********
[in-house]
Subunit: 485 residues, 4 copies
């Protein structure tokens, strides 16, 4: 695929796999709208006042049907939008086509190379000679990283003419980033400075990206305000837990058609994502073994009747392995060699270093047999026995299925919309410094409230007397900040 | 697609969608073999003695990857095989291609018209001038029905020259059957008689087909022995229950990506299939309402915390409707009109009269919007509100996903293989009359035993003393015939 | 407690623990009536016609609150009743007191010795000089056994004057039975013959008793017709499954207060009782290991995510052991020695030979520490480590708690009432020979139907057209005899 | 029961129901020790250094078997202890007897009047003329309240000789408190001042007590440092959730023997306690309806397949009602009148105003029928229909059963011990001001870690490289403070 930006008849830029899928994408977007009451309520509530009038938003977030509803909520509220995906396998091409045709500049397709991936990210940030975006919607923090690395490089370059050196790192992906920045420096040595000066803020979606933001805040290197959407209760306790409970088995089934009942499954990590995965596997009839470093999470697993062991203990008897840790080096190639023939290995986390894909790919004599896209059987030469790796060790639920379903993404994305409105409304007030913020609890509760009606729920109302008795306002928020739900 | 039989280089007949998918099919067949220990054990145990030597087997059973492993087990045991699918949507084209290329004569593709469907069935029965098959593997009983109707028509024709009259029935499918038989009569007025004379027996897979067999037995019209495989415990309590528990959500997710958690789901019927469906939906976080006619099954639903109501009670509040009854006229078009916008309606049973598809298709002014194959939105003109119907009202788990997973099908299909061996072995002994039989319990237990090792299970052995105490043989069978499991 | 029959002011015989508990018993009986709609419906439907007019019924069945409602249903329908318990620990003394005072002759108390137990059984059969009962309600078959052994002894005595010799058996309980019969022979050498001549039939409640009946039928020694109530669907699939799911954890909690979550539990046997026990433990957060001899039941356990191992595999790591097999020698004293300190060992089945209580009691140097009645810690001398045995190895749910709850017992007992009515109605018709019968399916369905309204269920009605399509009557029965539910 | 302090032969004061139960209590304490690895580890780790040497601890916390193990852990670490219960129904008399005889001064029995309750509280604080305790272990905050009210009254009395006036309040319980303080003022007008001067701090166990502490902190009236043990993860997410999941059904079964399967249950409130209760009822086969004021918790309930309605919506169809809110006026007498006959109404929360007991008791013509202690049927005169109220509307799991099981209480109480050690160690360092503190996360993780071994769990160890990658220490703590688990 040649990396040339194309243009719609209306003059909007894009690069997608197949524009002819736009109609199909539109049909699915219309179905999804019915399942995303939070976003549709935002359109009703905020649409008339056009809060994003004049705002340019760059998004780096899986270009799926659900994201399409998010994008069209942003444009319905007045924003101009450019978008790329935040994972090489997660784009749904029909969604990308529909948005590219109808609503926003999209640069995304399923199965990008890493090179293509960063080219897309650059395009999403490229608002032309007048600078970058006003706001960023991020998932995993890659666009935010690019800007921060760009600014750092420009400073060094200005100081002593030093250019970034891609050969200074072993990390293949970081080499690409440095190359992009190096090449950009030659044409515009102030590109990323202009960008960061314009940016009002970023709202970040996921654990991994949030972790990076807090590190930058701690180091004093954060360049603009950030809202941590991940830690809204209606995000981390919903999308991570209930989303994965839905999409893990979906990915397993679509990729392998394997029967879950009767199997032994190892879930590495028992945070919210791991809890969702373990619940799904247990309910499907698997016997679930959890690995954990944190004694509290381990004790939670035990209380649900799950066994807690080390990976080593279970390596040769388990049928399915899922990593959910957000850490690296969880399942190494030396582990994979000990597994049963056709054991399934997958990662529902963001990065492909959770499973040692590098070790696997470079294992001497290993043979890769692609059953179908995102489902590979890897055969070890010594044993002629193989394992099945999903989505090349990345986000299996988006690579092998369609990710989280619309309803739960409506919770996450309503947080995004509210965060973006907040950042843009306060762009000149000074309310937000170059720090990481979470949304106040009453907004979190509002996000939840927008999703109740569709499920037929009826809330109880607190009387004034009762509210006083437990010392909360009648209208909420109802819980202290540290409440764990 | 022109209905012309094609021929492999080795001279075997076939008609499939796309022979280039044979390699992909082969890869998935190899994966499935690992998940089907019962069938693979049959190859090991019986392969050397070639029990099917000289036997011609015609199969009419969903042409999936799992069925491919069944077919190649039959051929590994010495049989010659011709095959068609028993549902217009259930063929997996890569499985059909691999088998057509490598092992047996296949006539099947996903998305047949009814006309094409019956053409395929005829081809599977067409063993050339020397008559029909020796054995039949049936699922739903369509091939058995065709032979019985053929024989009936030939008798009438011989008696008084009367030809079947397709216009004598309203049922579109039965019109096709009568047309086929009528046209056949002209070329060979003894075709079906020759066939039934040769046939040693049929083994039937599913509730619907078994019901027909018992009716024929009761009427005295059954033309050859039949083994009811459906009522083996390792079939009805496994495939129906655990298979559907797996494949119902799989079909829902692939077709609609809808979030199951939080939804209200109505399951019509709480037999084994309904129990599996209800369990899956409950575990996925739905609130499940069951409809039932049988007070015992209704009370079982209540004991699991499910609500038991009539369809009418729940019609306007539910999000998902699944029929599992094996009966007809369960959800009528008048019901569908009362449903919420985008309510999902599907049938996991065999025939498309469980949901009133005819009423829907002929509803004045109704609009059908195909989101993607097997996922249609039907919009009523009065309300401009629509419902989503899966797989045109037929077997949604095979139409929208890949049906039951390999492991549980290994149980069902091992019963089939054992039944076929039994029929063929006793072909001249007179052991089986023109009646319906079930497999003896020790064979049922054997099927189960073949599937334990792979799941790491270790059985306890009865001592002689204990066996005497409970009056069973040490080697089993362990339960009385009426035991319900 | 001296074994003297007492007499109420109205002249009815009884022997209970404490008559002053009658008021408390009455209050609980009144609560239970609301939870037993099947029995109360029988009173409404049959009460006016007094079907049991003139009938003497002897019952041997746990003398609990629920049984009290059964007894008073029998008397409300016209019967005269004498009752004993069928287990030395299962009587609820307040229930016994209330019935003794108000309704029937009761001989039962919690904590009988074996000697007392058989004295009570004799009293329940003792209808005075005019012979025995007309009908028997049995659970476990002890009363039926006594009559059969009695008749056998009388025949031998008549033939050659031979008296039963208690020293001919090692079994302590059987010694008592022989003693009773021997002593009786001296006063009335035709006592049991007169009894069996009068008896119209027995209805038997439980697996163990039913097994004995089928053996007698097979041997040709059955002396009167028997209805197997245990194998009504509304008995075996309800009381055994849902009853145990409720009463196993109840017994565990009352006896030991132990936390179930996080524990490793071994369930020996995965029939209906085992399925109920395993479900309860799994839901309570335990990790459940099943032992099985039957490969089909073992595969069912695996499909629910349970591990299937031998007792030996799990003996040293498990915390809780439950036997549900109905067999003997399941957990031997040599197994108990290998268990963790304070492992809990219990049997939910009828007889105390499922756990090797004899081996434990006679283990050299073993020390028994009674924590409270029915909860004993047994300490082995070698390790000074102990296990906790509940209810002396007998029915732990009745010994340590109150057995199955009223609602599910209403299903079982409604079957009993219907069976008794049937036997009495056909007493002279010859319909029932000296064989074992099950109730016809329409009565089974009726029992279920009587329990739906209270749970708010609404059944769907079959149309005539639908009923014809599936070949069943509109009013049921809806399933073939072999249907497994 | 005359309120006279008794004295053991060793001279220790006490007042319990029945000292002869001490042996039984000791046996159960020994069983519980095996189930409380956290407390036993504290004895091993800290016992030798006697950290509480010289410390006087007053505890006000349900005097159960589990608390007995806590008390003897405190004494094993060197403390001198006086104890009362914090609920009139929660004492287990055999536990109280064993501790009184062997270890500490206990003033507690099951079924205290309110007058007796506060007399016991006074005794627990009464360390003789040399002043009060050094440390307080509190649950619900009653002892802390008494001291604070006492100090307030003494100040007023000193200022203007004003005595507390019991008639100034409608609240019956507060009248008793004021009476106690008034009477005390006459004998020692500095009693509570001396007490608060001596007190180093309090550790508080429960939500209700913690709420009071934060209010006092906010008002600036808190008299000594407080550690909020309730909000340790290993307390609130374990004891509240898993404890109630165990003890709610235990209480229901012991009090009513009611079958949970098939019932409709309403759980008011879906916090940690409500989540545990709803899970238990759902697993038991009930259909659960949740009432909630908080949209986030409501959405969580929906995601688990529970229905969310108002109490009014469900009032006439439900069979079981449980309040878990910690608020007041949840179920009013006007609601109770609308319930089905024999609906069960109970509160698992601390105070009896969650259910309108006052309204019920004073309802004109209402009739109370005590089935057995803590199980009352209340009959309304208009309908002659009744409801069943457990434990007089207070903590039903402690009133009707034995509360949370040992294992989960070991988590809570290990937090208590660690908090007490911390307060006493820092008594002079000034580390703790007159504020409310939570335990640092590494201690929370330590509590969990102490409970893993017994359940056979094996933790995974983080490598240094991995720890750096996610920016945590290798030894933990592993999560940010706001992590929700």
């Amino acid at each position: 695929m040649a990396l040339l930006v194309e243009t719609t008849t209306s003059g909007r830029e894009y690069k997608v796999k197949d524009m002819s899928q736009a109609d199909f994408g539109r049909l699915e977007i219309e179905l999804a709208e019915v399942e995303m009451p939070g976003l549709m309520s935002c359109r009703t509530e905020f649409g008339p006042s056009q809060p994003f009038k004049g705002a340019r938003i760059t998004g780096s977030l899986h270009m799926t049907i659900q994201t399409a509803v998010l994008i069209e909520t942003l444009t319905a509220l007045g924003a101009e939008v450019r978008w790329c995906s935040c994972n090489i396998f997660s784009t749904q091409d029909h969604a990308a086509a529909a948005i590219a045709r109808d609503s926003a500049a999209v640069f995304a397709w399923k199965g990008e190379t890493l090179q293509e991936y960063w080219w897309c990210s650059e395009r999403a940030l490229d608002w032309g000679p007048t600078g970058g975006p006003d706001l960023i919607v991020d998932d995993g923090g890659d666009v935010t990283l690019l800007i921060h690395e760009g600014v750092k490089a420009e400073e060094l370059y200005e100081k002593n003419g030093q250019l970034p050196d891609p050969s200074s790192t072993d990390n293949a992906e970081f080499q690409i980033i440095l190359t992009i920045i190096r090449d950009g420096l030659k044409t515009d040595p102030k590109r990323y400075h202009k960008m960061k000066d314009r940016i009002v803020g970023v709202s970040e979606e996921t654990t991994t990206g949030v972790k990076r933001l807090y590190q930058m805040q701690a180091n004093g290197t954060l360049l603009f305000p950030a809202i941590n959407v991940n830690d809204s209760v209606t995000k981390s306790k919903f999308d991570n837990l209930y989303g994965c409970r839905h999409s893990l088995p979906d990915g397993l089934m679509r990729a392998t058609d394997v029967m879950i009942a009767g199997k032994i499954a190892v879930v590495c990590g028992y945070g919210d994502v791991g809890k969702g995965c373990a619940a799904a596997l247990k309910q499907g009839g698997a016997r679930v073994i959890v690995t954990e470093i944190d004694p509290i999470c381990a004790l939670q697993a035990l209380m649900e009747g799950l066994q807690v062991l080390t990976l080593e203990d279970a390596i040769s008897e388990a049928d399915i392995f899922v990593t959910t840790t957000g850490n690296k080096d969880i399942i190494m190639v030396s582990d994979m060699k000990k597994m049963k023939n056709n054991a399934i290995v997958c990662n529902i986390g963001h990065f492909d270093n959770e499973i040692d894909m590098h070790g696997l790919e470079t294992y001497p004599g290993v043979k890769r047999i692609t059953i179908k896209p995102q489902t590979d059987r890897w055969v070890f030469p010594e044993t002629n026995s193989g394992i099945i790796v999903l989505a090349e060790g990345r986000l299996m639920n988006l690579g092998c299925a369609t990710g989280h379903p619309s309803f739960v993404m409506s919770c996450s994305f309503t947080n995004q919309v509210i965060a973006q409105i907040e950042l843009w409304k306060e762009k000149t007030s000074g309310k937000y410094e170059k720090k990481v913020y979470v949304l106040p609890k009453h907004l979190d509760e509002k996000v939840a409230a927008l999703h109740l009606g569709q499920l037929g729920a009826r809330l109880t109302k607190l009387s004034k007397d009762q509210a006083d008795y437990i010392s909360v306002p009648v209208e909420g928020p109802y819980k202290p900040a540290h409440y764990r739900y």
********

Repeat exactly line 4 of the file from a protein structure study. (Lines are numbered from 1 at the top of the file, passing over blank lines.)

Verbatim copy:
């Amino acid at each position: 695929m040649a990396l040339l930006v194309e243009t719609t008849t209306s003059g909007r830029e894009y690069k997608v796999k197949d524009m002819s899928q736009a109609d199909f994408g539109r049909l699915e977007i219309e179905l999804a709208e019915v399942e995303m009451p939070g976003l549709m309520s935002c359109r009703t509530e905020f649409g008339p006042s056009q809060p994003f009038k004049g705002a340019r938003i760059t998004g780096s977030l899986h270009m799926t049907i659900q994201t399409a509803v998010l994008i069209e909520t942003l444009t319905a509220l007045g924003a101009e939008v450019r978008w790329c995906s935040c994972n090489i396998f997660s784009t749904q091409d029909h969604a990308a086509a529909a948005i590219a045709r109808d609503s926003a500049a999209v640069f995304a397709w399923k199965g990008e190379t890493l090179q293509e991936y960063w080219w897309c990210s650059e395009r999403a940030l490229d608002w032309g000679p007048t600078g970058g975006p006003d706001l960023i919607v991020d998932d995993g923090g890659d666009v935010t990283l690019l800007i921060h690395e760009g600014v750092k490089a420009e400073e060094l370059y200005e100081k002593n003419g030093q250019l970034p050196d891609p050969s200074s790192t072993d990390n293949a992906e970081f080499q690409i980033i440095l190359t992009i920045i190096r090449d950009g420096l030659k044409t515009d040595p102030k590109r990323y400075h202009k960008m960061k000066d314009r940016i009002v803020g970023v709202s970040e979606e996921t654990t991994t990206g949030v972790k990076r933001l807090y590190q930058m805040q701690a180091n004093g290197t954060l360049l603009f305000p950030a809202i941590n959407v991940n830690d809204s209760v209606t995000k981390s306790k919903f999308d991570n837990l209930y989303g994965c409970r839905h999409s893990l088995p979906d990915g397993l089934m679509r990729a392998t058609d394997v029967m879950i009942a009767g199997k032994i499954a190892v879930v590495c990590g028992y945070g919210d994502v791991g809890k969702g995965c373990a619940a799904a596997l247990k309910q499907g009839g698997a016997r679930v073994i959890v690995t954990e470093i944190d004694p509290i999470c381990a004790l939670q697993a035990l209380m649900e009747g799950l066994q807690v062991l080390t990976l080593e203990d279970a390596i040769s008897e388990a049928d399915i392995f899922v990593t959910t840790t957000g850490n690296k080096d969880i399942i190494m190639v030396s582990d994979m060699k000990k597994m049963k023939n056709n054991a399934i290995v997958c990662n529902i986390g963001h990065f492909d270093n959770e499973i040692d894909m590098h070790g696997l790919e470079t294992y001497p004599g290993v043979k890769r047999i692609t059953i179908k896209p995102q489902t590979d059987r890897w055969v070890f030469p010594e044993t002629n026995s193989g394992i099945i790796v999903l989505a090349e060790g990345r986000l299996m639920n988006l690579g092998c299925a369609t990710g989280h379903p619309s309803f739960v993404m409506s919770c996450s994305f309503t947080n995004q919309v509210i965060a973006q409105i907040e950042l843009w409304k306060e762009k000149t007030s000074g309310k937000y410094e170059k720090k990481v913020y979470v949304l106040p609890k009453h907004l979190d509760e509002k996000v939840a409230a927008l999703h109740l009606g569709q499920l037929g729920a009826r809330l109880t109302k607190l009387s004034k007397d009762q509210a006083d008795y437990i010392s909360v306002p009648v209208e909420g928020p109802y819980k202290p900040a540290h409440y764990r739900y």